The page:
This was originally published on January 10, 2010. For the benefit of new subscribers who may have missed the original post, I have decided to re-post this interview with Twoonia Sykes whose has now resumed her doll repainting skills. With the exception of a few minor edits and contact updates, the interview reads as it originally read in January 2010.
DBG: What inspired you to become a repaint artist and how long have you been doing this?
TS: A lot of things inspire me to be creative, but repainting is something I discovered by accident. Being a stay at home mother I have a lot free time on my hands. I have always had a fascination with dolls, dating back to when I was a little girl. One day I was shopping on eBay for Christmas gifts and I saw these dolls that I had never seen in stores or advertised for purchase anywhere. I noticed that these were dolls created by different people who were artistic. So I did my research and said, "hmmm I can do that," and I have been repainting dolls ever since, on and off for the past 6 years.
DBG: Please explain the term trolling, and without divulging your personal style or technique, also share a few steps of the repainting and trolling processes?
TS: In the world of repainting, "trolling" means the removal of all factory rooted hair and re-applying some sort of fiber that resembles hair; it could be yarn (spun wool), mohair, or any type of fiber that can easily be hot glued with a glue gun to a vinyl doll’s head, which sounds easy, but it takes practice to get it right.
The obvious first step in the trolling process is removal of all factory hair (you'll need scissors for cutting and tweezers for plucking the smaller portions out). Once done, you’re pretty much left with a head with tons of tiny holes in it. You will need a small hot glue gun, a hot glue stick or Aleene’s Tacky Glue for beginners. If you want the hair to stay, the hot glue gun process is better. After deciding what type fiber you'd like to use to troll the head, apply it around the crown of the head in a circular manner, making sure the hair faces outward, and continue going around the head until it's complete. If this is something you'd like to try, I suggest you use a smaller doll’s head for practice because you can easily burn your fingers and get hot glue everywhere in the process.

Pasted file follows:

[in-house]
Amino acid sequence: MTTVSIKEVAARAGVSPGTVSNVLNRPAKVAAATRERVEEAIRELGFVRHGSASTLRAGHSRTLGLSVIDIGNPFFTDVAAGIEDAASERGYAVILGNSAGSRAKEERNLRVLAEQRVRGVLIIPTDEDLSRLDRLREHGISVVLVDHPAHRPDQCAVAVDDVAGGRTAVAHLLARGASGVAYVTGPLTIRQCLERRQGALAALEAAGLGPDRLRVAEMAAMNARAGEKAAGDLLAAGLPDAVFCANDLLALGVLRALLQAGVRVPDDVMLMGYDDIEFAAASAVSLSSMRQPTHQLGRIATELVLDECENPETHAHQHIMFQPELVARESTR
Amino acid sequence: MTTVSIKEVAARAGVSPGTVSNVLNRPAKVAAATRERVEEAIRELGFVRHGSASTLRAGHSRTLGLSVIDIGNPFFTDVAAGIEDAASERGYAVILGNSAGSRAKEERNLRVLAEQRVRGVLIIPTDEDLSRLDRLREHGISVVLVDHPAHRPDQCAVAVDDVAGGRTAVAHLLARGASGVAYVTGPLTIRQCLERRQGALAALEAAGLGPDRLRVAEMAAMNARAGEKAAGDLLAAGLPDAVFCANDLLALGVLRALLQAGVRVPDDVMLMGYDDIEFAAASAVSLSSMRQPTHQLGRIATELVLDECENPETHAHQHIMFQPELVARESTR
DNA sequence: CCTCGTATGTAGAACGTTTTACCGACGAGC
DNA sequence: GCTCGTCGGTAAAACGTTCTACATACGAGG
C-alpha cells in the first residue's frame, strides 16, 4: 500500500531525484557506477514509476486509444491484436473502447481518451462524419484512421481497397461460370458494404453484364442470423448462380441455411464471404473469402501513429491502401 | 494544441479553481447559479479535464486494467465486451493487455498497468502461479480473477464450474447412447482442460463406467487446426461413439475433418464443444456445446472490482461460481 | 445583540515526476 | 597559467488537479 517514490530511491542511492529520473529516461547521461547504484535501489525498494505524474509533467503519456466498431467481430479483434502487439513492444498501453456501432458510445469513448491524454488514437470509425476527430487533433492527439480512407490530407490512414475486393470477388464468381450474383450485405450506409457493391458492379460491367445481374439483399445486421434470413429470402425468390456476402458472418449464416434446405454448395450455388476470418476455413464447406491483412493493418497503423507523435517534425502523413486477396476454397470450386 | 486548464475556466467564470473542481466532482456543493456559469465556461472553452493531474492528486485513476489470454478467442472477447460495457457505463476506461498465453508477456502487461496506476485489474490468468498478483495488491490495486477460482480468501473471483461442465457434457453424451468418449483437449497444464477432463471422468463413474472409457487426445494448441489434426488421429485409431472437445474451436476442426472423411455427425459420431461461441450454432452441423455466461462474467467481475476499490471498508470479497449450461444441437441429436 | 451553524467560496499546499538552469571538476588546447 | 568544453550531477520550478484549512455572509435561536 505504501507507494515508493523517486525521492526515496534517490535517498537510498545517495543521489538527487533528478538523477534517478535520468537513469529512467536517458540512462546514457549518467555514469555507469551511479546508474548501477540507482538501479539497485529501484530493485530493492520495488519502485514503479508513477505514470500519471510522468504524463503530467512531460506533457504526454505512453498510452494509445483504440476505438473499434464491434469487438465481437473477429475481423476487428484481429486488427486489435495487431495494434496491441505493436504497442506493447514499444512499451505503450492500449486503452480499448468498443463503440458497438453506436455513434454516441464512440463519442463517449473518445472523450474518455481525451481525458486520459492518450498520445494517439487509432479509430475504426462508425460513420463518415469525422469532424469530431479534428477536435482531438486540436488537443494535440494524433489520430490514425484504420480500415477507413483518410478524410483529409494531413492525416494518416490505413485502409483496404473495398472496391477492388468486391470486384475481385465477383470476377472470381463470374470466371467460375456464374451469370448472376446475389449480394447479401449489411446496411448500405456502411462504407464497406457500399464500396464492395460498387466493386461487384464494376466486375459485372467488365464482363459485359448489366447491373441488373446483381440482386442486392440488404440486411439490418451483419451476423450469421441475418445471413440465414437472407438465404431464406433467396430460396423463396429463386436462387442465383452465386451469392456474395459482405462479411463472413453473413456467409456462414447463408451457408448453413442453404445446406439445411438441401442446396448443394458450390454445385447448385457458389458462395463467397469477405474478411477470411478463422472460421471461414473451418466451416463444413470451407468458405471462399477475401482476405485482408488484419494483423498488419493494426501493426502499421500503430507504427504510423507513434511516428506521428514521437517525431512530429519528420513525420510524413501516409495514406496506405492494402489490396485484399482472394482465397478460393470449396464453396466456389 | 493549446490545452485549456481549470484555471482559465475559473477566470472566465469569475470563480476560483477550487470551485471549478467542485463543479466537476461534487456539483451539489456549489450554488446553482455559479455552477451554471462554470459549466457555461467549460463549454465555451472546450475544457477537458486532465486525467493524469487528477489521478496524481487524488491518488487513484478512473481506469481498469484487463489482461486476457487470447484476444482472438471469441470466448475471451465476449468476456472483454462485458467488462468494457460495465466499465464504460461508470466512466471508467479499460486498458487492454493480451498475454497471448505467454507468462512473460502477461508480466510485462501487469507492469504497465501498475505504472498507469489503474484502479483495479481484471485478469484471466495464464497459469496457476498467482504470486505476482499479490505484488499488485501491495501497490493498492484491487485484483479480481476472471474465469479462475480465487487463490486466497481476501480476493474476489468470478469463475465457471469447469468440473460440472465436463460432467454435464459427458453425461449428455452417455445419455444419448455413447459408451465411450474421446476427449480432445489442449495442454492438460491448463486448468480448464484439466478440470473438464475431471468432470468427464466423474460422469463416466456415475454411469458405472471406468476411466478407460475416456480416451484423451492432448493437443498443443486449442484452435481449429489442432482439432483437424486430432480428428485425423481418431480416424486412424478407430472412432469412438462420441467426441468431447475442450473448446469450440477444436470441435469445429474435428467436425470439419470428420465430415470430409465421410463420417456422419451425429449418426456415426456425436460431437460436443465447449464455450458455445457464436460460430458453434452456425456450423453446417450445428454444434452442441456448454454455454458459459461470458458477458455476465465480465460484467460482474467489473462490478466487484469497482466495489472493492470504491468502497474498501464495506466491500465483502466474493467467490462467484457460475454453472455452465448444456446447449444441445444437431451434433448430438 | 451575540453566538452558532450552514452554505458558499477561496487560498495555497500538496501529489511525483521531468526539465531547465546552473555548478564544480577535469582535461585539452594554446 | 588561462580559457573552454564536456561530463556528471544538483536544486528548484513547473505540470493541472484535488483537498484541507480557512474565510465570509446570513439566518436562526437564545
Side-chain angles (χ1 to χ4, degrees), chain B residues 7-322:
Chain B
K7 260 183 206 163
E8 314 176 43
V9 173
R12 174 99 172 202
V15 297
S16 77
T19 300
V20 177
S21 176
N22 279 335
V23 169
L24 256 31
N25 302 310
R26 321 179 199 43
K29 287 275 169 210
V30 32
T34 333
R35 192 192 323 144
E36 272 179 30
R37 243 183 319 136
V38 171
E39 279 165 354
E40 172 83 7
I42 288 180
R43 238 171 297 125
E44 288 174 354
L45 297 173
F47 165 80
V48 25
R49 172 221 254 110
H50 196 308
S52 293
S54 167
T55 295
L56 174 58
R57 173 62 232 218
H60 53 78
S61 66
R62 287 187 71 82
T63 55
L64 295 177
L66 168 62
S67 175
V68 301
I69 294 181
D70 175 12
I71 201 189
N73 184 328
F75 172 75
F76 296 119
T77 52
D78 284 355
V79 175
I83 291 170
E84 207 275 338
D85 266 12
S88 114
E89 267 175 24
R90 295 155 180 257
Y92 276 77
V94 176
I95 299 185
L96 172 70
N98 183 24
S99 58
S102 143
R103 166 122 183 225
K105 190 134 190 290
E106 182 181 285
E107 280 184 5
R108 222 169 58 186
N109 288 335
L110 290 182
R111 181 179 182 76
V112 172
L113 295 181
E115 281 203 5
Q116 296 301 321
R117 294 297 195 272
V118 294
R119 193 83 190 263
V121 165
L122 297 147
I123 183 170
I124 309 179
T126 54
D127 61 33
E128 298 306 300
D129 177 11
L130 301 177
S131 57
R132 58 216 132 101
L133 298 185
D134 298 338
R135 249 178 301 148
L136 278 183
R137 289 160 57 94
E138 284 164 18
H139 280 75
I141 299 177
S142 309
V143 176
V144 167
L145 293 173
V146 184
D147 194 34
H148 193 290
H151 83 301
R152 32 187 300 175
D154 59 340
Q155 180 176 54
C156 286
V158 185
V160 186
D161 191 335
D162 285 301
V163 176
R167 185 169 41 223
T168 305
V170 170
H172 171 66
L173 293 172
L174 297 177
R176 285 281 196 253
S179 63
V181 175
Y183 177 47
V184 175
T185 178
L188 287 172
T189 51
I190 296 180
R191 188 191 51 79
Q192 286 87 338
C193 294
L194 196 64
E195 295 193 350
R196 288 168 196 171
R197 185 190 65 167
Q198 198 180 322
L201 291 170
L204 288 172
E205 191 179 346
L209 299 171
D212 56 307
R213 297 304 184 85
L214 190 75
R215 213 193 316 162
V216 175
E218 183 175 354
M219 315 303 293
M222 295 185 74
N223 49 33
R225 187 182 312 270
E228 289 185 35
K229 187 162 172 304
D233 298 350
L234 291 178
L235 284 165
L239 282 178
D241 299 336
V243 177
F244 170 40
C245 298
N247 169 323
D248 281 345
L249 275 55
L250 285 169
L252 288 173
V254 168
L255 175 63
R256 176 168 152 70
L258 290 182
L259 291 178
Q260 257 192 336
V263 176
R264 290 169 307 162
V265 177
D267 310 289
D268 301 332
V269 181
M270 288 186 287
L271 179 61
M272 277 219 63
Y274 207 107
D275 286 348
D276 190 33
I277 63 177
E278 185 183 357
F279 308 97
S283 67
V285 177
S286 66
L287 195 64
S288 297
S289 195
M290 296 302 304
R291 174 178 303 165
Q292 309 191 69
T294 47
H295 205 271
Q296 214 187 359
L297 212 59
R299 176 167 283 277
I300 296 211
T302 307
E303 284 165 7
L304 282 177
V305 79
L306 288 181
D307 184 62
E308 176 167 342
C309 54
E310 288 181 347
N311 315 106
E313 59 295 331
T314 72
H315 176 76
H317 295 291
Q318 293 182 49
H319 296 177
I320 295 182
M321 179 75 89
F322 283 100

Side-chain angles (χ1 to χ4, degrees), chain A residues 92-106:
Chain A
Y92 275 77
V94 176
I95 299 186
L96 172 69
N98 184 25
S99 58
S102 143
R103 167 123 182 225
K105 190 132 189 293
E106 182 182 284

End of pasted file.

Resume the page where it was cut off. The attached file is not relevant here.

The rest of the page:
There are step-by-step instructions online for novices, which are easy to follow. Once you get the hang of it, substitute the white glue for hot glue for a permanent fix.
For repainting I use artist grade liquid acrylic paints and sealers with a matte finish, such as Golden and Liquitex paints. I also use Folk Art and Americana Liquid acrylic paints. I also use Flow-Aid to thin my paints and prevent it from drying out so fast. I use sable hair paint brushes, sizes 3/0 round, 0/2 round, and 0/0 round. You'll need 100% acetone nail polish remover and Q-Tips to remove the factory face paint from your doll’s face. A baking soda and water concoction rinse after paint removal prevents damage to the vinyl.
There is no specific destination on where to begin when repainting. Sometimes, I start on the lips and then the eyes or I'll start with the eyebrows. I bounce around a lot when I am repainting, but I always try to apply three layers of paint. Once it dries, apply one coat of matte varnish. After it dries you can move on to the hair, which you can either leave factory, cut and style, or troll. I always do the hair last. For a great walk-through on the art of repainting, I suggest purchasing Laurie Leigh’s DVD.
DBG: Which doll was your last repaint/trolling candidate?
TS: My last repaint and trolling combination was a Tonner Jac doll that I transformed into my version of Rihanna [inspired by this photo of the real Rihanna].
My last repaint was Tonner’s Twilight Saga doll, Bella Swan.
DBG: Your transformations are phenomenal. After viewing your "Lisa Bonet," I viewed an online image of the real Lisa Bonet. This is another superb transformation. Were your intentions to transform Tonner's Jac D'Argent into Lisa Bonet or did the doll transform itself?
Jac as Lisa Bonet
TS: Thanks! During the time that repaint was done, Lisa Bonet had just done a spread in a magazine and I happened to come across the pictures online. I’ve always thought she was a gorgeous girl. I hadn't seen too many African American repaints at the time. Tonner’s Jac was only one of two African American sculpts available then and the idea was born to create her in dolly form. Lisa was my first trolling job.
DBG: Again, I’m impressed! What's next for you and how can those interested in your services contact you?
TS: Next up for me… I will attempt something I have never tried before which involves sculpting along with the repaint and trolling processes. If you have seen the movie, Avatar, then you'll know what I am talking about. I think it’s a great movie. I will be creating the Na'vi peoples’ deity or Goddess Ewya. Stay tuned.
My commission book currently has 4 openings for trolling and repaint services. I can be reached at Ittakesafairy@gmail.com, directly through the contact page of my website, and on facebook.
Update: I have now formed a new doll forum, Black Dolls of All Kinds. This board is for collectors of all types of dolls, but the focus is African American or Black dolls of all types. Posting pictures and sharing your collection is heavily encouraged. All are welcome.
Thank you, Twoonia, for sharing such in-depth information about repainting and trolling. Remarkable, creative genius like yours present in the doll community needs to be fully tapped for the world to appreciate!
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